House Budget Committee Chairman Paul Ryan mischaracterizes the relationship between the Federal Reserve and the Obama administration in his discussion of monetary policy in the budget blueprint he released Tuesday.
Ryan implies that the government would “crank up the printing presses” as the country's budget deficit rises, injecting fresh money into the economy to compensate for the country’s fiscal woes. That, he says, would have some nasty side effects:
Unless we change course, we will have a debt crisis. Pressed for cash, the government will take the easy way out: It will crank up the printing presses. The final stage of this intergenerational theft will be the debasement of our currency. Government will cheat us of our just rewards. Our finances will collapse. The economy will stall. The safety net will unravel. And the most vulnerable will suffer.
Ryan’s warning ignores the fact that the Fed is an independent institution and is bound by law to focus on its twin objectives of keeping prices stable and unemployment low. Congress created the central bank to be independent from politics by staggering the terms of its board and chairman and not subjecting it to the congressional appropriations process. If the Fed were to act directly at the behest of the Obama administration--or any administration--lawmakers with oversight of the Fed would hold it accountable for doing so.
Fed critics of late have primarily focused on the risks of the bank’s easy-money policies, not the accusation that the central bank is playing politics. Since the financial crisis, the Fed has used a number of tools in its attempt to boost the lackluster economy. It ramped up its communications efforts, trying to provide the market with greater assurance as to its future plans. It slashed its benchmark interest rate to zero in 2008. It sought to lower long-term interest rates and stimulate the economy through three successive rounds of large-scale bond-buying, known as QE1, QE2, and QE3, as well as a separate maturity-extension program known as “Operation Twist.”
The asset-purchase programs put downward pressure on long-term interest rates by reducing the supply of Treasury bonds (government debt) as well as mortgage-backed securities on the market. Investors react to the more limited supply by bidding up the prices of these securities. The interest rates on the bonds, which move in the opposite direction of prices, fall as a result.
The Fed hopes that by lowering interest rates, it will encourage economic activity. Minutes from the bank’s policy-setting meetings and statements by Fed officials reveal that decisions to undertake those purchases have been based on concerns about deflation as well as the country’s high unemployment rate, not political pressure.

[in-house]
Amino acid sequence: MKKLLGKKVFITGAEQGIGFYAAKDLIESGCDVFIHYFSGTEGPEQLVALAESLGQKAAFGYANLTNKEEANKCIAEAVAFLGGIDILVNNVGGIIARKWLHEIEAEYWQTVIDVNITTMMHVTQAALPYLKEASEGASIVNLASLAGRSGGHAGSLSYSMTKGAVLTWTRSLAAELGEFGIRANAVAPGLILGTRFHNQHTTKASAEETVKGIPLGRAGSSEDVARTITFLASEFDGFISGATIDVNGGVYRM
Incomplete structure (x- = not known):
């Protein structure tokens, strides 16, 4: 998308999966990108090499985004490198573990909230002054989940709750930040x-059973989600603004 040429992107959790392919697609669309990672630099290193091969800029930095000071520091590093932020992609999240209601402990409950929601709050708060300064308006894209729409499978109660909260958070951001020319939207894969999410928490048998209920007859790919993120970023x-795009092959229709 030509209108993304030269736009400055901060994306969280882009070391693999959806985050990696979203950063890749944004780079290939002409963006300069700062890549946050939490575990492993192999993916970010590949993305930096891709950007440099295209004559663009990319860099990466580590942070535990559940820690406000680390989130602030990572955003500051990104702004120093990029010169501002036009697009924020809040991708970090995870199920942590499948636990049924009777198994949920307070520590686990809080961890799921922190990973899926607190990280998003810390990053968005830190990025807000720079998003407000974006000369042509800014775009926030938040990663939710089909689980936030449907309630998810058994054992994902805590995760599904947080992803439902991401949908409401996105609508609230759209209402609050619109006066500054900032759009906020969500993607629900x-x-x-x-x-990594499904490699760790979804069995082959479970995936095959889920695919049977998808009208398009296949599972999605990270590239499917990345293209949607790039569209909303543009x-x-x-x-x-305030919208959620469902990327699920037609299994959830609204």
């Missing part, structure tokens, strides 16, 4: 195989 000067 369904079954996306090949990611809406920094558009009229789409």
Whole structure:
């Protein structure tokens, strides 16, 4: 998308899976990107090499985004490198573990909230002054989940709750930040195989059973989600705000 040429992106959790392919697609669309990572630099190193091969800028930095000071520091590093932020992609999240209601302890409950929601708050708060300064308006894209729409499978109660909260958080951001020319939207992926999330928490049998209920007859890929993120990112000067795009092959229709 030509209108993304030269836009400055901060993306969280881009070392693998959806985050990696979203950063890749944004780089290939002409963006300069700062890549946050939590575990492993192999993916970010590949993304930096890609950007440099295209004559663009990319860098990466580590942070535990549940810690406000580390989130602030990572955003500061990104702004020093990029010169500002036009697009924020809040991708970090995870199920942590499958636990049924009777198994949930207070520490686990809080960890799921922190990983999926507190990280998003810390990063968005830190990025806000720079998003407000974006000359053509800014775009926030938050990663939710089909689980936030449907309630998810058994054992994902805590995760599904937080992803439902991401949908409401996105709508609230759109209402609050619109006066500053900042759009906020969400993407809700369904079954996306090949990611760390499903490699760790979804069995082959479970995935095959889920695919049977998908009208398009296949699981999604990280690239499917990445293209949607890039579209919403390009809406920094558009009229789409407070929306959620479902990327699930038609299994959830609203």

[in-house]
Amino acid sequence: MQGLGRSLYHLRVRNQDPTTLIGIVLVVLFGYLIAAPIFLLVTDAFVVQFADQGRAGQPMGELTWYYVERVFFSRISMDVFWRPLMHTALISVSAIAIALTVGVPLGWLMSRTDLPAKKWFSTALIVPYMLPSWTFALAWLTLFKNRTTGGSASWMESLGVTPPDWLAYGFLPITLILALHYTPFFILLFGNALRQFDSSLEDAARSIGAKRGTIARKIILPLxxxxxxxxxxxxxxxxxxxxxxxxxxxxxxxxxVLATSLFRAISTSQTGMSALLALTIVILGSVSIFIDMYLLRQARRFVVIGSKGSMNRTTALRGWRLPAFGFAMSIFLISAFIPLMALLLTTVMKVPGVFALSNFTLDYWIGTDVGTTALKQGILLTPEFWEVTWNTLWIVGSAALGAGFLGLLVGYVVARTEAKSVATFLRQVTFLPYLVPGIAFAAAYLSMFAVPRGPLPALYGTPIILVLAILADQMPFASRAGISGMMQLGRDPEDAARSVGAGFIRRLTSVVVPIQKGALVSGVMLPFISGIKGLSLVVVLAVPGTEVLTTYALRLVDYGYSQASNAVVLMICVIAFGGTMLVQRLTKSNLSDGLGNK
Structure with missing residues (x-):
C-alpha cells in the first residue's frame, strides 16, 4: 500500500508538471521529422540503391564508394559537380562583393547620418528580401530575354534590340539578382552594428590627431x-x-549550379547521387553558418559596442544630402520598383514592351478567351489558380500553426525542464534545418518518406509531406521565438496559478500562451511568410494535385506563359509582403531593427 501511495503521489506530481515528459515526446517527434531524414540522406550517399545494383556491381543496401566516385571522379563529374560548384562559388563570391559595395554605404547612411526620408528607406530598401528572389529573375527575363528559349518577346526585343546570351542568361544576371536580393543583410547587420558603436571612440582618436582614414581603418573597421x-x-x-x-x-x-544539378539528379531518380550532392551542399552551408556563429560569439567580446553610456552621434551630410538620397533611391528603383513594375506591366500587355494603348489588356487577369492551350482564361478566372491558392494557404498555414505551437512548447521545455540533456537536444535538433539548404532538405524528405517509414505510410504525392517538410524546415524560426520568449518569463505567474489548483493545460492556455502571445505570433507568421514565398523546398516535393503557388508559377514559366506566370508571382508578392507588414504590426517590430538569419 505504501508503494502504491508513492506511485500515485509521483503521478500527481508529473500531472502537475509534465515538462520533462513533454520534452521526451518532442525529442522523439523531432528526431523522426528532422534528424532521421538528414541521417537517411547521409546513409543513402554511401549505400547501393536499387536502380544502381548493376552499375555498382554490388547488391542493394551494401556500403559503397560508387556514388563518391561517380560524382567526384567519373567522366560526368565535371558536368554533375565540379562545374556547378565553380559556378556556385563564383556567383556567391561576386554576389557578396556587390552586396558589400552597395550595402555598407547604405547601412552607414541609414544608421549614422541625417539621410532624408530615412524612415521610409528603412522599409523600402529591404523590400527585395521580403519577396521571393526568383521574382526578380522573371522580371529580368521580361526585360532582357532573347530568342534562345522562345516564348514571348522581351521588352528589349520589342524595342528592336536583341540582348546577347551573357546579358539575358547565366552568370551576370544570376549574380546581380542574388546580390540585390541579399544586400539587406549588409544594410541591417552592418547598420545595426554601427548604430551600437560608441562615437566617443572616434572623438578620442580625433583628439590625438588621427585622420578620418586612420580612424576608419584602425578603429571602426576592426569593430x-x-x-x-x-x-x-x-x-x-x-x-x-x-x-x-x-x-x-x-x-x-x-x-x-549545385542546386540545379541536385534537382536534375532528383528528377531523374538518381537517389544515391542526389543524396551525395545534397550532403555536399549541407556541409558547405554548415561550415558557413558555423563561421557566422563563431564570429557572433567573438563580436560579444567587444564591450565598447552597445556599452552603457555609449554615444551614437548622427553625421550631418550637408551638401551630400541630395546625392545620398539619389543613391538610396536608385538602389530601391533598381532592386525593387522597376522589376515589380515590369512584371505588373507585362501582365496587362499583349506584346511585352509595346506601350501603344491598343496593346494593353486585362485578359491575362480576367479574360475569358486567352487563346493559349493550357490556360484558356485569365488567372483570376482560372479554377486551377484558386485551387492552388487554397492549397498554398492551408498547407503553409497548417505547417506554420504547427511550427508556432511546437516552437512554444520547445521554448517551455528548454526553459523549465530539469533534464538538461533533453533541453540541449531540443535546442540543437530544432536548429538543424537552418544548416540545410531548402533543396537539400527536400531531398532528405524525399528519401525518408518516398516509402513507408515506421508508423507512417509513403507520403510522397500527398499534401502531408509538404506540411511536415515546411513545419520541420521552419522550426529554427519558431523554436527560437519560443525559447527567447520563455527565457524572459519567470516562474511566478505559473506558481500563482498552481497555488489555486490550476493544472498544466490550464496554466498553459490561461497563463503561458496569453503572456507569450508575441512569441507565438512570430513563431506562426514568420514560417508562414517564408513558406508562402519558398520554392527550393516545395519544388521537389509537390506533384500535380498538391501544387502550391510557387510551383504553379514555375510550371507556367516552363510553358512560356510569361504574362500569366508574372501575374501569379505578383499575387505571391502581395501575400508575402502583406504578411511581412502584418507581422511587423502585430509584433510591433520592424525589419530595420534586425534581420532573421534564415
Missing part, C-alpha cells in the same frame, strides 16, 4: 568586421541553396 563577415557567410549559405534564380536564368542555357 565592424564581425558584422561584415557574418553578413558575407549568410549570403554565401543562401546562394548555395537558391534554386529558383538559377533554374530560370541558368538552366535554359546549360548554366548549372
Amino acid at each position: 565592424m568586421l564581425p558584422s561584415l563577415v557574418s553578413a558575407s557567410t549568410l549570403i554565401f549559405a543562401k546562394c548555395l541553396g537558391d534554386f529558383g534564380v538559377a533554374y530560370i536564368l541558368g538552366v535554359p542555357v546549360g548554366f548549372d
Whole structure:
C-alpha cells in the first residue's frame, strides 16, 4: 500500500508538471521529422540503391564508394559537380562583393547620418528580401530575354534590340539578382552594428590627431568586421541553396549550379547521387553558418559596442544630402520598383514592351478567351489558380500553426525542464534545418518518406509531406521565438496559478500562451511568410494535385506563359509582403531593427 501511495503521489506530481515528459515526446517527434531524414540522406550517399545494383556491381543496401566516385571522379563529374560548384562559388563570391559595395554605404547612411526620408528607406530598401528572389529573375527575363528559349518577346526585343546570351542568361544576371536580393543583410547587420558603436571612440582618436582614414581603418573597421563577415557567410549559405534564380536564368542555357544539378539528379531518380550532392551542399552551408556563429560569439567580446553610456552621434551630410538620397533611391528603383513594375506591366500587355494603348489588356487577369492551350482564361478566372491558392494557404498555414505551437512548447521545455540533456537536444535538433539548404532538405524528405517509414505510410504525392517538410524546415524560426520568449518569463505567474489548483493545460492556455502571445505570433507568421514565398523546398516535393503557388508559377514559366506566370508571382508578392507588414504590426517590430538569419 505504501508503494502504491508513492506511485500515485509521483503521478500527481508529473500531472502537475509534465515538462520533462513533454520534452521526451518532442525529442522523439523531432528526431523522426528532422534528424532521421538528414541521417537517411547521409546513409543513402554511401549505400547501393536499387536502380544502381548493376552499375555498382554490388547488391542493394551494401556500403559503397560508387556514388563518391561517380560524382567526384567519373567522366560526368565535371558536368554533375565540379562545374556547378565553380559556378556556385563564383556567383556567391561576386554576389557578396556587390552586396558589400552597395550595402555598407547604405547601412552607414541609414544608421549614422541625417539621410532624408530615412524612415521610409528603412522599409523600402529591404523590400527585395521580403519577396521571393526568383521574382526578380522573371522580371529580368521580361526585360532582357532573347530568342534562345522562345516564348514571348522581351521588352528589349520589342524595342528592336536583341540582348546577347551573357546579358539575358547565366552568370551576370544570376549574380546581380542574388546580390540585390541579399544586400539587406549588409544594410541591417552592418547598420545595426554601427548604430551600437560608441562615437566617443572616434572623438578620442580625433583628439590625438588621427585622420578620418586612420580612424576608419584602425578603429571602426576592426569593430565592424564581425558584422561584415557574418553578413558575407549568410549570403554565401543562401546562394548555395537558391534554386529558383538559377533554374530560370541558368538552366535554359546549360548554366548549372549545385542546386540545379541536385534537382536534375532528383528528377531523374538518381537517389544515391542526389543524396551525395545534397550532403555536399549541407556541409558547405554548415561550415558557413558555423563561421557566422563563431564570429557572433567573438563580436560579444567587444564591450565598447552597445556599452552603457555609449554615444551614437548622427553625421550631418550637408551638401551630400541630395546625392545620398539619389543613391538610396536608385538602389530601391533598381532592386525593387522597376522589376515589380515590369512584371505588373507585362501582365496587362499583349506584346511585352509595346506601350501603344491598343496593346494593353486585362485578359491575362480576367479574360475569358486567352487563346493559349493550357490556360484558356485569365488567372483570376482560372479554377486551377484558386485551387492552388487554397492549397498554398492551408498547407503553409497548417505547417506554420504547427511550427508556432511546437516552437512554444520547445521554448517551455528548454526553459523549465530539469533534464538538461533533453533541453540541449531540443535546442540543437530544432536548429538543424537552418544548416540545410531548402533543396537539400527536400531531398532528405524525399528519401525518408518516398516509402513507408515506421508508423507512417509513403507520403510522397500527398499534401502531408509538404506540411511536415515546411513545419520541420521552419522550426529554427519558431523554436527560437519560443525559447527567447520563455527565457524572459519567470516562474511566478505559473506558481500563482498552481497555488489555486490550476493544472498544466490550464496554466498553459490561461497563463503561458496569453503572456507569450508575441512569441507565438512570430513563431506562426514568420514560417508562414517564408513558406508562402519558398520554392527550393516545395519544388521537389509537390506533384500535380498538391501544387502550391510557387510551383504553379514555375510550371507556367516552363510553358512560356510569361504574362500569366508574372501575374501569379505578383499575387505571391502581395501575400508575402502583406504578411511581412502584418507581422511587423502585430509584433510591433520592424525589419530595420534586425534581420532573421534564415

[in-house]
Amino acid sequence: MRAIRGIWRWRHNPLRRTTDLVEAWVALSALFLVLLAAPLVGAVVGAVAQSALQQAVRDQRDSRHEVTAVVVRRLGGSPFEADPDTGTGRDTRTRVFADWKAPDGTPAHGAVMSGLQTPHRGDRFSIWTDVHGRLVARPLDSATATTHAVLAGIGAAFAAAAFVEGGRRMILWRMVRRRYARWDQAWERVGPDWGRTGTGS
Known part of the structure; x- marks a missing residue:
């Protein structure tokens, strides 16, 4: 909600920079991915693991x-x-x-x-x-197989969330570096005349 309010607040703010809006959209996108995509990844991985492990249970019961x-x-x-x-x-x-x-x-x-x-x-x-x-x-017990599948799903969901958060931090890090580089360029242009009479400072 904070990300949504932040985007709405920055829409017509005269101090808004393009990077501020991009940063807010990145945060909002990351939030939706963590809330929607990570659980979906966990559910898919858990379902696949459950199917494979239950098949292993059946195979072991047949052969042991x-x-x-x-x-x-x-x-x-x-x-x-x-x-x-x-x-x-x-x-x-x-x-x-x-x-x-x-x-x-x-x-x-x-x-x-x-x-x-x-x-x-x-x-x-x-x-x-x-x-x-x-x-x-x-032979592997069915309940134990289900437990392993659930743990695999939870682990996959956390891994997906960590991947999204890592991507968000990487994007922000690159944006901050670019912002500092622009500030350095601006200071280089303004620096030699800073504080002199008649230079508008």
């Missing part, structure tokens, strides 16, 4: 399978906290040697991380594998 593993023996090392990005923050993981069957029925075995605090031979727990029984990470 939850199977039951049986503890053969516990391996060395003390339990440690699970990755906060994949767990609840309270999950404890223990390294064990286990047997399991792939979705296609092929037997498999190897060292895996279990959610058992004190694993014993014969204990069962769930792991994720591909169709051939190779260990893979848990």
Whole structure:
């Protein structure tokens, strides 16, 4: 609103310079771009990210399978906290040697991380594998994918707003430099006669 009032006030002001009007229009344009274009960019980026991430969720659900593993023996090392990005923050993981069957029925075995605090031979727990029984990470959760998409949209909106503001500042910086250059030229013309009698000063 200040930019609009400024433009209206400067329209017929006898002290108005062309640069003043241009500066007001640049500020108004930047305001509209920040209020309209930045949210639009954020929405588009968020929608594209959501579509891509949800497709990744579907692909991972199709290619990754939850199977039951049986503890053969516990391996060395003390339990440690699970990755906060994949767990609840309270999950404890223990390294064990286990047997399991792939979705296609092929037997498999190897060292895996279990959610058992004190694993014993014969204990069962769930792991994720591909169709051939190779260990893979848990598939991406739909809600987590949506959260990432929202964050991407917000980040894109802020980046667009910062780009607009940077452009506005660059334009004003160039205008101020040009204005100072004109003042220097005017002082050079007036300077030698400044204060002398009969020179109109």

That hasn't stopped the accusations of some critics. Texas Gov. Rick Perry famously said in 2011, “Printing more money to play politics ... is almost treacherous or treasonous in my opinion.” The most recent decision to launch a bond-buying program came just two months before the 2012 presidential election and caused some pundits and columnists to remark that Chairman Ben Bernanke (a Republican appointed by George W. Bush) and his policy-setting committee, which consists of Democrats and Republicans, handed the election to Obama by juicing the economy in the final stretch of the race.
But even many of the Fed's prominent critics believe policymakers' economic views, not their political perspectives, are behind the monetary-policy decisions. Some conservative critics of the central bank say the Fed's actions to stimulate the economy are evidence of Obama’s failure to fix the economy on his own. But most of those critics have not insinuated that the central bank was acting at the behest of the administration. Many critics have emphasized what they see as the risks of the unconventional policy course the Fed is charting; even former Rep. Ron Paul, R-Texas, a vocal Fed-basher who retired from Congress at the beginning of this year, didn't mention the election in the statement he released after the Fed announced QE3.
The Fed has pledged to keep up QE3, which is an open-ended $85 billion in purchases a month, until the labor market improves substantially. With unemployment at 7.7 percent, just 0.4 percentage points below the level it was when the Fed launched the program and well above the 5.2 to 6.0 percent the Fed has forecast over the long term, and with inflation expectations contained, the Fed's policy-setting committee is likely to continue on with the easy-money policies for the time being because it thinks that's what's best for the economy—not what's best for politicians.